Action has to be taken now to tackle growing traffic congestion in Harborough, warns councillor

'Time is running out - we need to think outside the box," he said

Friday, 6th August 2021, 4:22 pm
Cllr Phil Knowles warned that the problem is getting worse as thousands more people move into the town and surrounding area.

Action has to be taken now to tackle growing traffic congestion in Market Harborough, a leading councillor is warning.

Cllr Phil Knowles warned that the problem is getting worse as thousands more people move into the town and surrounding area.

And he’s now calling on both Leicestershire County Council and Harborough District Council to “think out of the box” and work together to defuse the fast-escalating “crisis”.

“Time is running out. We have to confront traffic congestion in and around Market Harborough before it’s too late,” insisted Cllr Knowles, who leads Harborough council’s Liberal Democrat group.

“We heard talk of £15 million being poured into making our town’s roads safer and clearer a few years ago now.

“But absolutely nothing has come of it.

“We need to think outside the box.

“We have to come up with radical new ways of stopping Market Harborough becoming choked up with cars, vans, buses and lorries now.

“As Liberal Democrats we are only too happy to work with everyone on this.

“This isn’t a one-party problem – it affects each and every one of us.

“We’ve heard talk of improving and upgrading roads such as Welland Park Road, Kettering Road, St Mary’s Road and our town centre for years.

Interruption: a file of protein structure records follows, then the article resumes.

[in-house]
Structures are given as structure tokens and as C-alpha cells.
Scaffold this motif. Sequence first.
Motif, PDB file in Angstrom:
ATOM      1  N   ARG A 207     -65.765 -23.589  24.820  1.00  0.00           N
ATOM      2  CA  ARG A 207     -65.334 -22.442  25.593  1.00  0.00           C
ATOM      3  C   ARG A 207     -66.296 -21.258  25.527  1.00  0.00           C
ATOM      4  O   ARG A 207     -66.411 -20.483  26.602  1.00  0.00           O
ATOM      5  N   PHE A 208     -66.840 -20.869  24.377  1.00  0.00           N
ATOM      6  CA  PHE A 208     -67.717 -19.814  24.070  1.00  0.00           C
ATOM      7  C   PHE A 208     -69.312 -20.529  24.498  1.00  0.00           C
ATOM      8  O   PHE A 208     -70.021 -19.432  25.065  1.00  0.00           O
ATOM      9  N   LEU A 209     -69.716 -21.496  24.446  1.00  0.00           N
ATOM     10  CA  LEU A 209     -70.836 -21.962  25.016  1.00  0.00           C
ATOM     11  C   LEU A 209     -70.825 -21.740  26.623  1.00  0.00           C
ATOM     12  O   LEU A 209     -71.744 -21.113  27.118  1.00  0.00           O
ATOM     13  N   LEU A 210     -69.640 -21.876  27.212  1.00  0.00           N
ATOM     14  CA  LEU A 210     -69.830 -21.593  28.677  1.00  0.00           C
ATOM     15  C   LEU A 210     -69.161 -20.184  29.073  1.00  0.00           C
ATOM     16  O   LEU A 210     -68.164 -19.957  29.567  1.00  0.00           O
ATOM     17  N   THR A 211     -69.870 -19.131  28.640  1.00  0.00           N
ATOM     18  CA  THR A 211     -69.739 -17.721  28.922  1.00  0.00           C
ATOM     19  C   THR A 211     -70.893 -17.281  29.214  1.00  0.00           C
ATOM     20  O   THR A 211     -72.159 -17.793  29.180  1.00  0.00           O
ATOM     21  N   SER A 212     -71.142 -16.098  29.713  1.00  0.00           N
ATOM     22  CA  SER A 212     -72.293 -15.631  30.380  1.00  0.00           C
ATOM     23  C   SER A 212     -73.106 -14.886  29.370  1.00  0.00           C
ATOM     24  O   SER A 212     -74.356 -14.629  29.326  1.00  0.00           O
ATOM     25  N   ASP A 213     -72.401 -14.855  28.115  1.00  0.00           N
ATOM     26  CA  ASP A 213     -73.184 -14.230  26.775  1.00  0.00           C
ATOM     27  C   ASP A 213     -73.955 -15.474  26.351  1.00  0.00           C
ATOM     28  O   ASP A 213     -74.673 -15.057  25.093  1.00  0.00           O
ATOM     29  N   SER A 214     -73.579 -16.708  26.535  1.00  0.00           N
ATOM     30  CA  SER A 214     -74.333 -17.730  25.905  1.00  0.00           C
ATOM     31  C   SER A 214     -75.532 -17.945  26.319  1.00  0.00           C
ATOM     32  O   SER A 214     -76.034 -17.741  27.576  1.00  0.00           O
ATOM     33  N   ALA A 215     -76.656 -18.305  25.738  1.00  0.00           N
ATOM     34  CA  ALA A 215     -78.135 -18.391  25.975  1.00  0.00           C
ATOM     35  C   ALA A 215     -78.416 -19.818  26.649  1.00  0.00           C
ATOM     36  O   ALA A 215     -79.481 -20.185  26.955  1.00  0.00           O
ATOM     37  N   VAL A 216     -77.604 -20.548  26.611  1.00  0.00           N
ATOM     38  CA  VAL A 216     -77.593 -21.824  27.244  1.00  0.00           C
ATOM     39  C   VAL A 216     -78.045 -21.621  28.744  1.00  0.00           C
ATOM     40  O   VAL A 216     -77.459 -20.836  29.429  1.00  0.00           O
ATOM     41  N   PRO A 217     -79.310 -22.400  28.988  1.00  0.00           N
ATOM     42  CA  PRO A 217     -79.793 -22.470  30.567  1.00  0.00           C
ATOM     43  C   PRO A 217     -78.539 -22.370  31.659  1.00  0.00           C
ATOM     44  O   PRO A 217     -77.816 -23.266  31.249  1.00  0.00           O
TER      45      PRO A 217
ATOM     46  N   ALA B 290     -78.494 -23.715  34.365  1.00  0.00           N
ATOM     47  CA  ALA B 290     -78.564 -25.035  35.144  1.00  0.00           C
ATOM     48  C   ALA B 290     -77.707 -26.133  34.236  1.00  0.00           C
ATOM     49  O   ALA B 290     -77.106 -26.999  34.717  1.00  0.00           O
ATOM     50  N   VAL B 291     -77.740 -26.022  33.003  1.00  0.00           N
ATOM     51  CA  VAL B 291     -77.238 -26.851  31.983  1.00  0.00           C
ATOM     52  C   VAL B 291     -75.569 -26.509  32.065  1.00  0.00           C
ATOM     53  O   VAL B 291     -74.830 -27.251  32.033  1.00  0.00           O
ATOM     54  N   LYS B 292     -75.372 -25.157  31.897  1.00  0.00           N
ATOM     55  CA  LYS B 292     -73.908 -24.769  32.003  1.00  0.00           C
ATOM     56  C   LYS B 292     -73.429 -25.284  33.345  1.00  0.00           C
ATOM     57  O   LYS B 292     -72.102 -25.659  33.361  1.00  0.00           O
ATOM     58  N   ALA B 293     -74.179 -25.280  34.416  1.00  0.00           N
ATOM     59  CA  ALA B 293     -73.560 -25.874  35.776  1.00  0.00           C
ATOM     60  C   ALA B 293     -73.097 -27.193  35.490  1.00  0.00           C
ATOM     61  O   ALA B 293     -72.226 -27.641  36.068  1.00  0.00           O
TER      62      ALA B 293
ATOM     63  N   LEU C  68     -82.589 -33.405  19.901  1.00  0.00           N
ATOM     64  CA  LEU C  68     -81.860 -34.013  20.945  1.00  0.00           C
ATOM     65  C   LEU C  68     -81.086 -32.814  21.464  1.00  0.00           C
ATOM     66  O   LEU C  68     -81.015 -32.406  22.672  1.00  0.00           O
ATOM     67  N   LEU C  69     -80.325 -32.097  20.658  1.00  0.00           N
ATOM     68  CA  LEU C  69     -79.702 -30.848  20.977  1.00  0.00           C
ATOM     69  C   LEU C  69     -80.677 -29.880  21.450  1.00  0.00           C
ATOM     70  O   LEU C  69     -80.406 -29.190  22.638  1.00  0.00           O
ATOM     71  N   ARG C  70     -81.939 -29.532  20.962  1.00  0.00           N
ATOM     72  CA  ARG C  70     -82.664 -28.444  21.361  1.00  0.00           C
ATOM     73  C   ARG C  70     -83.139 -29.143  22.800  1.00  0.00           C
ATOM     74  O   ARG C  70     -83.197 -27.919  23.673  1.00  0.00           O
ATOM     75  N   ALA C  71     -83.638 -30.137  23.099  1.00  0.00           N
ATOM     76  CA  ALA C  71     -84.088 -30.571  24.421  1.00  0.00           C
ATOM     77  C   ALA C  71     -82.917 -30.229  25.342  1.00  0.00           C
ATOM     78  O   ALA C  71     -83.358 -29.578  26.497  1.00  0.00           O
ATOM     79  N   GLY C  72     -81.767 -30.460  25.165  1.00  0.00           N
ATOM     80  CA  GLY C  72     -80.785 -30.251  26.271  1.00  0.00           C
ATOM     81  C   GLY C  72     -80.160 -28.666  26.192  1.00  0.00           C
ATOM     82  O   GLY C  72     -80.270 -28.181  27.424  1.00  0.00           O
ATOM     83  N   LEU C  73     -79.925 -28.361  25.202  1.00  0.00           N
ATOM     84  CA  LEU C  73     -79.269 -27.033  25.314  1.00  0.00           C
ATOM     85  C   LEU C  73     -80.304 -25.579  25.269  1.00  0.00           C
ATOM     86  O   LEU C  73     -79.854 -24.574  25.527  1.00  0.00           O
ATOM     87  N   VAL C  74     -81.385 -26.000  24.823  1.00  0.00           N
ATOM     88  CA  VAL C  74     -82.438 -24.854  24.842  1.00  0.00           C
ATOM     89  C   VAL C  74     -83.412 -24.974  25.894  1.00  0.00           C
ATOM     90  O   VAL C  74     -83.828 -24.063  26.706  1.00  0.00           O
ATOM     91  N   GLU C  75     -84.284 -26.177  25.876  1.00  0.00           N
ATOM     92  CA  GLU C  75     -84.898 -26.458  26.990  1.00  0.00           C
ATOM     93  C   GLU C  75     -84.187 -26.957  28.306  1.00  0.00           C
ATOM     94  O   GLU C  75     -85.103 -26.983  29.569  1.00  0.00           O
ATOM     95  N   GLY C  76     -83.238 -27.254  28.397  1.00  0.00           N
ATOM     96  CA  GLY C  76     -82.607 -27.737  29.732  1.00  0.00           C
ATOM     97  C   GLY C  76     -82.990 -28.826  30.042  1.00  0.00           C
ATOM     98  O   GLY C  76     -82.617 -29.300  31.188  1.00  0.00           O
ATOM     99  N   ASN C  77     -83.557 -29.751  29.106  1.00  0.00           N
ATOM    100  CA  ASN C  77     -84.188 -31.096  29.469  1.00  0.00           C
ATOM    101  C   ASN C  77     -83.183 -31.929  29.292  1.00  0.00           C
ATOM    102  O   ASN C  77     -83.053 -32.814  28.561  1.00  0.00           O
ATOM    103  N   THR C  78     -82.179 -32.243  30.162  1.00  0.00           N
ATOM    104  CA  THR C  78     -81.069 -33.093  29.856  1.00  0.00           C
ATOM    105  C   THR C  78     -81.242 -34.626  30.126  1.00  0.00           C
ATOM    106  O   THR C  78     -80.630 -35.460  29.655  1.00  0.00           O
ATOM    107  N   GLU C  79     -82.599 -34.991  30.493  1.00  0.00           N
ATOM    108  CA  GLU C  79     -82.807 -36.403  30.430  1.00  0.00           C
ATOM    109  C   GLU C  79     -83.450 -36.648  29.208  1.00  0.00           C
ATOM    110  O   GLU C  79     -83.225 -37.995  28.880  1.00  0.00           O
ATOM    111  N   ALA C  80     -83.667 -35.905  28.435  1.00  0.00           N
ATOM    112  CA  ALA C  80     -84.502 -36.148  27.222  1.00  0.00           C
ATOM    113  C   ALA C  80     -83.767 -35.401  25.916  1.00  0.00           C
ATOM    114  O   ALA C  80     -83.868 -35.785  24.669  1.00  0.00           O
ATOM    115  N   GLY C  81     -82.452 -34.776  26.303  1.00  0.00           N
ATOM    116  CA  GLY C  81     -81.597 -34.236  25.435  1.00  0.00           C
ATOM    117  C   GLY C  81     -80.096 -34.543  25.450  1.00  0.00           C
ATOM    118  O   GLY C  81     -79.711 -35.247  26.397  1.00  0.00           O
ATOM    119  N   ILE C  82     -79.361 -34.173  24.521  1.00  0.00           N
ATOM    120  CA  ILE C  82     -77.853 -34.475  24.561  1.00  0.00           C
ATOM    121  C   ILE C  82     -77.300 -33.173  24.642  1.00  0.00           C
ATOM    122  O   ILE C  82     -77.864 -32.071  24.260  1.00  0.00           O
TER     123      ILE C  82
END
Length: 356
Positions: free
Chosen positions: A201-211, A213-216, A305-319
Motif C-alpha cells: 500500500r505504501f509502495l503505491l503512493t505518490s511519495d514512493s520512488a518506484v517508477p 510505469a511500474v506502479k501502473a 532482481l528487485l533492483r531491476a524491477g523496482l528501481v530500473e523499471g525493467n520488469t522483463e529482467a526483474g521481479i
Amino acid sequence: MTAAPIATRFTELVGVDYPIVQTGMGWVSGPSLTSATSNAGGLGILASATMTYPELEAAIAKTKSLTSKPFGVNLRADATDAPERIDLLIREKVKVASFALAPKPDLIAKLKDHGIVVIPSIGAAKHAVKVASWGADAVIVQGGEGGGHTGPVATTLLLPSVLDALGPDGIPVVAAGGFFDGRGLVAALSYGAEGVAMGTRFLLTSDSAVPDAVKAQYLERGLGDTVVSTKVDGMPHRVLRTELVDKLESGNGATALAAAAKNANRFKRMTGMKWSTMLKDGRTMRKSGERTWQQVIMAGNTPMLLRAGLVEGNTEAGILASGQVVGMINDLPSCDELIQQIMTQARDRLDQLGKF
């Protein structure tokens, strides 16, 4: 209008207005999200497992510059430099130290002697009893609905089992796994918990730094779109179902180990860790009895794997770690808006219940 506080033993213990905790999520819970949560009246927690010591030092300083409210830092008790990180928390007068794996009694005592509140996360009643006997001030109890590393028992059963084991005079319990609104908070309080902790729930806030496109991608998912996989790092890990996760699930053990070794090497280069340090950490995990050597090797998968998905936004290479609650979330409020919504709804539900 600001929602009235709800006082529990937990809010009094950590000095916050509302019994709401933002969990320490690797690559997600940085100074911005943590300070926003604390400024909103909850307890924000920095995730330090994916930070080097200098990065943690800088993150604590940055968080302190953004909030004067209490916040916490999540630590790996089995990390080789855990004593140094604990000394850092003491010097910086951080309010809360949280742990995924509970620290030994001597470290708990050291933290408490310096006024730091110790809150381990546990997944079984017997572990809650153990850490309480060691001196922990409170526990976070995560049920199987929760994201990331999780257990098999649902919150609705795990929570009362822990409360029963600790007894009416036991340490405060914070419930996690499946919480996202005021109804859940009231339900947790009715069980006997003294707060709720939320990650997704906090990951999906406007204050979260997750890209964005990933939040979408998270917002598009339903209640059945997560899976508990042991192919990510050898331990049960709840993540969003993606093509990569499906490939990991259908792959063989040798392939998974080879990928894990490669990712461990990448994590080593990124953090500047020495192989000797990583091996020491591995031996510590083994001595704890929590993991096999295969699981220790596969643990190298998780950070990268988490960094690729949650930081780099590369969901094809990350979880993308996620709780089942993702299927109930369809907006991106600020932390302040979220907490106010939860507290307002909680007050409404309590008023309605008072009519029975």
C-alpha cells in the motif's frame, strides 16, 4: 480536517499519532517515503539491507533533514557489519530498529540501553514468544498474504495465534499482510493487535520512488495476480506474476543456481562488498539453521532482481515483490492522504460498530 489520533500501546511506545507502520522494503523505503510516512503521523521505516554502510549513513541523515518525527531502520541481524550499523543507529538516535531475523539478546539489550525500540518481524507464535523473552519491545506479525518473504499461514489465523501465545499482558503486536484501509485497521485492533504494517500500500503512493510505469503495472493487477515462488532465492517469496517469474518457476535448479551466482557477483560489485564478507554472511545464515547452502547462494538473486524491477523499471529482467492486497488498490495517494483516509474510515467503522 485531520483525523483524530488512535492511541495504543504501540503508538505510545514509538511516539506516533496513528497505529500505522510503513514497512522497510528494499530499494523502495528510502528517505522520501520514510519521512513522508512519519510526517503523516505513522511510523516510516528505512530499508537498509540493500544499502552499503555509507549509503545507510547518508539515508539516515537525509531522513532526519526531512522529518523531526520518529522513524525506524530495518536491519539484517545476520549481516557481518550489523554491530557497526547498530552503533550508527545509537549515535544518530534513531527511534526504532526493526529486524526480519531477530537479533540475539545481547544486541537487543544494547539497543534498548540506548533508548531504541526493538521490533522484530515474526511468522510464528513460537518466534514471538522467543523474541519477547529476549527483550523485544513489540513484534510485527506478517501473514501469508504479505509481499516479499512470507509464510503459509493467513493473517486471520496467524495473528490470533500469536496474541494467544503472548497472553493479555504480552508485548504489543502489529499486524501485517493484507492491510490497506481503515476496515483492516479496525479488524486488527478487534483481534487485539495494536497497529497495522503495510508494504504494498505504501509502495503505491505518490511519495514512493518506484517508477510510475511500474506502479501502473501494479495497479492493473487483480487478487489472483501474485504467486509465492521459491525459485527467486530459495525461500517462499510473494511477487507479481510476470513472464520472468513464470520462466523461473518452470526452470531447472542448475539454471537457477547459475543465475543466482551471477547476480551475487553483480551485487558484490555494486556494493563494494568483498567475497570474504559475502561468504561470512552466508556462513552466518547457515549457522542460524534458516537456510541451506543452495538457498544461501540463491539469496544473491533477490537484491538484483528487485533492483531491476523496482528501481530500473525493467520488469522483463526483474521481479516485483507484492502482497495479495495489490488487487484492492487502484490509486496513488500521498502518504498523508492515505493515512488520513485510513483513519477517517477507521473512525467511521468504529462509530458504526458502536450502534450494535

“But nothing has come of it,” said Cllr Knowles.

“We’ve got to look at the pots of money available nationally that we can access.

“And this cash doesn’t have to be just assigned to highways or transport.

“Traffic congestion has a massive impact on air quality, the environment and people’s health as well.

“It’s a truly multi-dimensional challenge.

“And dirty air isn’t just breathed in by Liberal Democrats or Conservatives.

“The air is breathed in by all of us no matter who we support and it belongs to all of us.

“So we all have to unite to work out how best we can start to reverse this very worrying trend.”

The veteran Liberal Democrat is also urging the county council to urgently carry out a new study to establish how much traffic is travelling in and out of Market Harborough every day.

“I suspect that the data they’re working on now is several years old and well out of date.

“We also have to closely scrutinise every new scheme to build more new homes in the town as it appears to grow week in week out,” said Cllr Knowles.

“We have a duty of care to the people who already live here and to the people moving in.

“We have no planet B.

“This planet we call earth is the only one we’ve got – and we’ve got to start looking after it so much better,” said Cllr Knowles.

The county council insists it is constantly striving to secure Government cash to bankroll urgently improving under-pressure roads in Market Harborough.

“Our initial expression of interest in the Pinch Point Fund didn’t progress to the development of a business case so we weren’t able to support highways improvements in Market Harborough through this particular funding stream,” said the authority.

“As we do all the time, we’ll now consider other appropriate Government funding streams to bid for the Harborough improvements as they arise.”

The Pinch Point Fund was a “pot of funding that the Government didn’t progress as its own funding pot and instead decided to included it as part of their levelling up and community fund,” said the county council.

“Initially, when we bid, it was a fund for local authorities to bid for schemes to help address congestion pinch points and to reduce congestion on local roads.

“The fund was £150 million in total - and at the time we bid for £5 million.

“The work we did to support the pitch point funding bid will be very useful when we come to bid for future Government funding.

“And there will also be the opportunity for us to use additional developer funding to support congestion-easing measures in Market Harborough.”